Small tools are often a compromise. You accept a tool that is harder to use in order to have a tool that is easier to carry. Small handles are difficult to grip when your hands are cold and wet but the nanoSTRIKER, when fully assembled, has a large gripping surface. The same piece that serves as a cover when collapsed can be reinstalled on the opposite side of the rod holder as a handle. The handle is large enough to be useful in just about any condition. The bit holder also has deep groove around its circumference that is a natural pinch point for your thumb and forefinger. The nanoSTRIKER is easy to hold and easy to use.

If you were to misplace any part of the nanoSTRIKER, you could easily replace the missing part. Most ferro rods must be discarded when they are completely used. However, the nanoSTRIKER’s modular design allows the user to replace components like the ferro rod or striker very inexpensively.

Ferrocerium is a metallic material it will corrode when exposed to the elements. The rods are typically coated to protect them, but once the rod has been scraped, the exposed material is vulnerable. Over time, an unprotected ferro rod can become difficult or even impossible to use due to this corrosion. The nanoSTRIKER protects the rod from the elements by sealing it air and water tight inside the handle. The threaded junctions of the nanoSTRIKER are o-ring sealed (spare o-rings are provided). When you need it, the nanoSTRIKER will be ready.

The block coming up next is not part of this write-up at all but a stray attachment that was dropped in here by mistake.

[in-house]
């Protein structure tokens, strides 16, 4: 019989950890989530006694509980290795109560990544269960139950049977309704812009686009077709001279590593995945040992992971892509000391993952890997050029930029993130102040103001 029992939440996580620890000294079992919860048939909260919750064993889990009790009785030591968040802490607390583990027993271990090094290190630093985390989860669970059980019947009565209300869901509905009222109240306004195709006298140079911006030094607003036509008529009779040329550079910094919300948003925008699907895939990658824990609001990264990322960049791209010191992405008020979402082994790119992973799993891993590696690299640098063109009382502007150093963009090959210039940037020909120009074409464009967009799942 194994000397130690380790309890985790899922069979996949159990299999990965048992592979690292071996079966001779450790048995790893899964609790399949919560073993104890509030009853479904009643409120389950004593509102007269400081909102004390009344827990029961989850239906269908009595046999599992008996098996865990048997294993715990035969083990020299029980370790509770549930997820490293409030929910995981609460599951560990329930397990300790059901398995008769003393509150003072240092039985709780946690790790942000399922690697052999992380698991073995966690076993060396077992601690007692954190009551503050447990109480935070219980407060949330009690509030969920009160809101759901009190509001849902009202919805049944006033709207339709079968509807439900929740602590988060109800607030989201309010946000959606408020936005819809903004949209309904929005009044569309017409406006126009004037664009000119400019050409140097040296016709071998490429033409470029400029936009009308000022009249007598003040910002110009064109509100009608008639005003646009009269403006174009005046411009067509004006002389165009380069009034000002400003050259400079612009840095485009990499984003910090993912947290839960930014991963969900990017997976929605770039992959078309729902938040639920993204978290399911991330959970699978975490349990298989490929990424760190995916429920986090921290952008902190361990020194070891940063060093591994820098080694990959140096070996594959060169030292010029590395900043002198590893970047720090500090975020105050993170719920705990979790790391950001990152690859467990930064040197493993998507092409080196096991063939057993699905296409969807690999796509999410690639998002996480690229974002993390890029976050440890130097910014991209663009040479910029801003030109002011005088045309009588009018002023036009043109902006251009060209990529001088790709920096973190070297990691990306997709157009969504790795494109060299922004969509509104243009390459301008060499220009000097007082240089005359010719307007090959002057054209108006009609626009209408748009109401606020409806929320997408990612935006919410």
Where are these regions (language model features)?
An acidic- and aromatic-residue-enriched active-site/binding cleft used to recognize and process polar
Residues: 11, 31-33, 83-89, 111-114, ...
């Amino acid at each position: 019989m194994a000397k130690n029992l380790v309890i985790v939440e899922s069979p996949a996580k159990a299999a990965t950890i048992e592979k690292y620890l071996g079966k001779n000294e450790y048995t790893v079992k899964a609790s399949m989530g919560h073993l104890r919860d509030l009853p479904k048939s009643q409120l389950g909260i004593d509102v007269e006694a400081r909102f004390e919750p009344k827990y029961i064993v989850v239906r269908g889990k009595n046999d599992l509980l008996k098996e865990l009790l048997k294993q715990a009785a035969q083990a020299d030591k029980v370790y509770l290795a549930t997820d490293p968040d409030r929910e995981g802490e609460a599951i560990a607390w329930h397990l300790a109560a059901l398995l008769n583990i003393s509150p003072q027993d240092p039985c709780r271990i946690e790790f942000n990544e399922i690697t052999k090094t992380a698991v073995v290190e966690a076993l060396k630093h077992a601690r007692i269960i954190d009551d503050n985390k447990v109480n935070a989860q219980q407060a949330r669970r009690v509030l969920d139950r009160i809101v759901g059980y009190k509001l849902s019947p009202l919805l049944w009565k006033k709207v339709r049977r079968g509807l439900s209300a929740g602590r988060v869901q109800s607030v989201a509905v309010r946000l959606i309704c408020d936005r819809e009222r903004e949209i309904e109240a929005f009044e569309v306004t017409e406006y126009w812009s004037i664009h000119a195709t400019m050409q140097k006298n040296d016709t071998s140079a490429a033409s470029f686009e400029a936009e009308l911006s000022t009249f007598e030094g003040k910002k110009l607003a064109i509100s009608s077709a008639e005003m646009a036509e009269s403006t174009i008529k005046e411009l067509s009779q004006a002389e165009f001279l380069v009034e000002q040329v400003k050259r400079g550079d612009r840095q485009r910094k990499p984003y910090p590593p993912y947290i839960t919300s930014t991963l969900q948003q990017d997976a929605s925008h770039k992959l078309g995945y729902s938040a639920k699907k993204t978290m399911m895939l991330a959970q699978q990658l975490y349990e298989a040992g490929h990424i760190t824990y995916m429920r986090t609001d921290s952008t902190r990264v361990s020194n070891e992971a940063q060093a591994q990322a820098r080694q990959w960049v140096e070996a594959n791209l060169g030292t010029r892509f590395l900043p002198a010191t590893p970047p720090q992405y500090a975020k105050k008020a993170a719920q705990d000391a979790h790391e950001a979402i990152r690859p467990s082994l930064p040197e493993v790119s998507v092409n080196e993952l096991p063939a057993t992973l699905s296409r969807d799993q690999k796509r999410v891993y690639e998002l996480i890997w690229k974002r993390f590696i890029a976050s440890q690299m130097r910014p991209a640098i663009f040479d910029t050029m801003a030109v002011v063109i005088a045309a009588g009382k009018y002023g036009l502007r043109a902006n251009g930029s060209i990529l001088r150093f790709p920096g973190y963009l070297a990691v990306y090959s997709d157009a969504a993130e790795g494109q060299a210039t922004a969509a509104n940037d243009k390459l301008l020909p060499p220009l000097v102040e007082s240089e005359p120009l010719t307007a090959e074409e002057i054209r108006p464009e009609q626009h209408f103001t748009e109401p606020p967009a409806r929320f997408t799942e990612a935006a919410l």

Working Parts

The two working pieces (ferro rod and striker) of the nanoSTRIKER are just as impressive as the modular design. The ferro rod component is of very high quality. It throws an impressive volume of sparks. It is very easy to determine the quality of a ferro rod once struck. Lesser quality rods produce lower volumes of sparks. The nanoSTRIKER produces plenty of spark. I had no trouble lighting fatwood shavings, cotton balls, dried grass, and jute twine. The ferrocerium material used in this rod is of excellent quality.